Thanks for your reply. I mostly agree with many of the things you say, but I still think work to reduce the amount of emission rights should at least be on the list of high-impact things to do, and as far as I'm concerned, significantly higher than a few other paths mentioned here.

If you'd still want to do technology-specific work, I think offshore solar might also be impactful and neglected.

As someone who has worked in sustainable energy technology for ten years (wind energy, modeling, smart charging, activism) before moving into AI xrisk, my favorite neglected topic is carbon emission trading schemes (ETS).

ETSs such as implemented by the EU, China, and others, have a waterbed effect. The total amount of emissions is capped, and trading sets the price of those emissions for all sectors under the scheme (in the EU electricity, heavy industry, expanding to other sectors). That means that:

  1. Reducing emissions for sectors under an ETS is pointless, climate-wise.
  2. Deciding to reduce the amount of emission rights within an ETS should directly lead to lower emissions, without any need to understand the technologies involved.

It's just crazy to think about all the good-hearted campaigning, awareness creation, hard engineering work, money, etc that is being directed to decreasing emissions for a sector that's covered by an ETS. To my best understanding, as long as ETS is working correctly, this effort is completely meaningless. At the same time, I knew of exactly one person trying to reduce ETS emission rights based in my country, the Netherlands. This was the only person potentially actually achieving something useful for the climate.

If I would want to do something neglected in the climate space, I would try to inform all those people currently wasting their energy that what they should really do is trying to reduce the amount of ETS emission rights and let the market figure out the rest. (Note that several of the trajectories recommended above, such as working on nuclear power, reducing industry emissions, and deep geothermal energy (depending on use case) are all contained in ETS (at least in the EU) and improvements would therefore not benefit the climate).

If countries or regions have an ETS system, successful emission reduction should really start (and basically stop) there. It's also quite a neglected area so plenty of low hanging fruit!

I don't know if everyone should drop everything else right now, but I do agree that raising awareness about AI xrisks should be a major cause area. That's why I quit my work on the energy transition about two years ago to found the Existential Risk Observatory, and this is what we've been doing since (resulting in about ten articles in leading Dutch newspapers, this one in TIME, perhaps the first comms research, a sold out debate, and a passed parliamentary motion in the Netherlands).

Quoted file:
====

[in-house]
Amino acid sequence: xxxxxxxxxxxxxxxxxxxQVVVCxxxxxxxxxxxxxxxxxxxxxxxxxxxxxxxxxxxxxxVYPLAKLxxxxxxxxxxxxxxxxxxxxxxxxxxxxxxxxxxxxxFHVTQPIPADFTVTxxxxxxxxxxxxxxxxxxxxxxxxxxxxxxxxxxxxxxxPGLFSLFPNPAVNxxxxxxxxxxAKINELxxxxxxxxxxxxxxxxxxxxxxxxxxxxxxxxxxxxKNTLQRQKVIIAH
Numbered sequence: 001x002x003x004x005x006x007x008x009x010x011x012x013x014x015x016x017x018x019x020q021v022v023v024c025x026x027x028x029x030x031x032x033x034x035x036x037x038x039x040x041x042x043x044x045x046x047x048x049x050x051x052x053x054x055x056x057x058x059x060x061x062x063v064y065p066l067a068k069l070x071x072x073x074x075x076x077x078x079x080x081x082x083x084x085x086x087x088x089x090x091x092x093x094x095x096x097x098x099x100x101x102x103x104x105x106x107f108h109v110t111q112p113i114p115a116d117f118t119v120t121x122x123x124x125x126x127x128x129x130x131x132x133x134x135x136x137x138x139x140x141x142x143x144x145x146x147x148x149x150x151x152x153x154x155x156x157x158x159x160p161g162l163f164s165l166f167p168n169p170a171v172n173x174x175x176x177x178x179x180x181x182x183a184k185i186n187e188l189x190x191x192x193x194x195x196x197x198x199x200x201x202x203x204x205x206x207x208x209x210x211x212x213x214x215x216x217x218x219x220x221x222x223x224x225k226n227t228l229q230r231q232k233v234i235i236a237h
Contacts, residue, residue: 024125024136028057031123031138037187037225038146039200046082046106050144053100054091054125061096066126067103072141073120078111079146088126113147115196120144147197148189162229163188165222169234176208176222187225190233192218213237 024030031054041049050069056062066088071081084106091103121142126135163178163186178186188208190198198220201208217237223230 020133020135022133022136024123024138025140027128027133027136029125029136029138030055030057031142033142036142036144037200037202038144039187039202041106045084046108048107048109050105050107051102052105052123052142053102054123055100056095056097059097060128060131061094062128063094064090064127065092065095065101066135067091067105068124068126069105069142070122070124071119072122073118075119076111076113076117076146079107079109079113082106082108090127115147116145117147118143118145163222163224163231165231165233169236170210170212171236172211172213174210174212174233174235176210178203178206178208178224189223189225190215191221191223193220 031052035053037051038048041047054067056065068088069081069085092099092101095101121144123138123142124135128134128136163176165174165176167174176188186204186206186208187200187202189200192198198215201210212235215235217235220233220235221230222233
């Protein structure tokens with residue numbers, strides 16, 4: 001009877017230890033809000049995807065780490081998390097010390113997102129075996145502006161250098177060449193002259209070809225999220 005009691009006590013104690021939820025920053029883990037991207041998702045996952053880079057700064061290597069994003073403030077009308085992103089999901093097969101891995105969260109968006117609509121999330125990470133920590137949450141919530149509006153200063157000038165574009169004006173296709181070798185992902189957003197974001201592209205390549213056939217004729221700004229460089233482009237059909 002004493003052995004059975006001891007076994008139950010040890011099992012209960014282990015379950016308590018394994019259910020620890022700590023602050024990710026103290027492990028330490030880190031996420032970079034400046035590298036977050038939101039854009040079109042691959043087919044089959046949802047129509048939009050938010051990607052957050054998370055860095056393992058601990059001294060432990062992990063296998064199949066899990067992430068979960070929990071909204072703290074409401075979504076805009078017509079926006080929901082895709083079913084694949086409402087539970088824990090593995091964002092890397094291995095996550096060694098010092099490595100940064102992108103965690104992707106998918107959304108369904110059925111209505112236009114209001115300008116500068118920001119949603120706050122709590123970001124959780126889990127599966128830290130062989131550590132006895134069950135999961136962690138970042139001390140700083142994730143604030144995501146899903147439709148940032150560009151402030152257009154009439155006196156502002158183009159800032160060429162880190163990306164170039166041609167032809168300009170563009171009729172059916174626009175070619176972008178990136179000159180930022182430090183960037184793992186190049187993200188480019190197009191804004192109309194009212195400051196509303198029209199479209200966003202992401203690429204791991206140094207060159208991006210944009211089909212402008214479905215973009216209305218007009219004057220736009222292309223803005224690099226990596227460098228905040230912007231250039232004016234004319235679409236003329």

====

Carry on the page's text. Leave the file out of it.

I miss two significant things on the list of what people can do to help:

1) Please, technical people, work on AI Pause regulation proposals! There is basically one paper now, possibly because everyone else thought a pause was too far outside the Overton window. Now we're discussing a pause anyway and I personally think it might be implemented at some point, but we don't have proper AI Pause regulation proposals, which is a really bad situation. Researchers (both policy and technical), please fix that, fix it publicly, and fix it soon!
2) You can start institutes or projects that aim to inform the societal debate about AI existential risk. We've done that and I would say it worked pretty well so far. Others could do the same thing. Funders should be able to choose from a range of AI xrisk communication projects to spend their money most effectively. This is currently really not the case.

Hi Vasco, thank you for taking the time to read our paper!

Although we did not specify this in the methodology section, we addressed the "mean variation in likelihood" between countries and surveys throughout the research such as in section 4.2.2. I hope this clarifies your question. This aspect should have been better specified in the methodology section.

If you have any more questions, do not hesitate to ask.

Hi Joshc, thanks and sorry for the slow reply, it's a good idea! Unfortunately we don't really have time right now, but we might do something like this in the future. Also, if you're interested in receiving the raw data, let us know. Thanks again for the suggestion!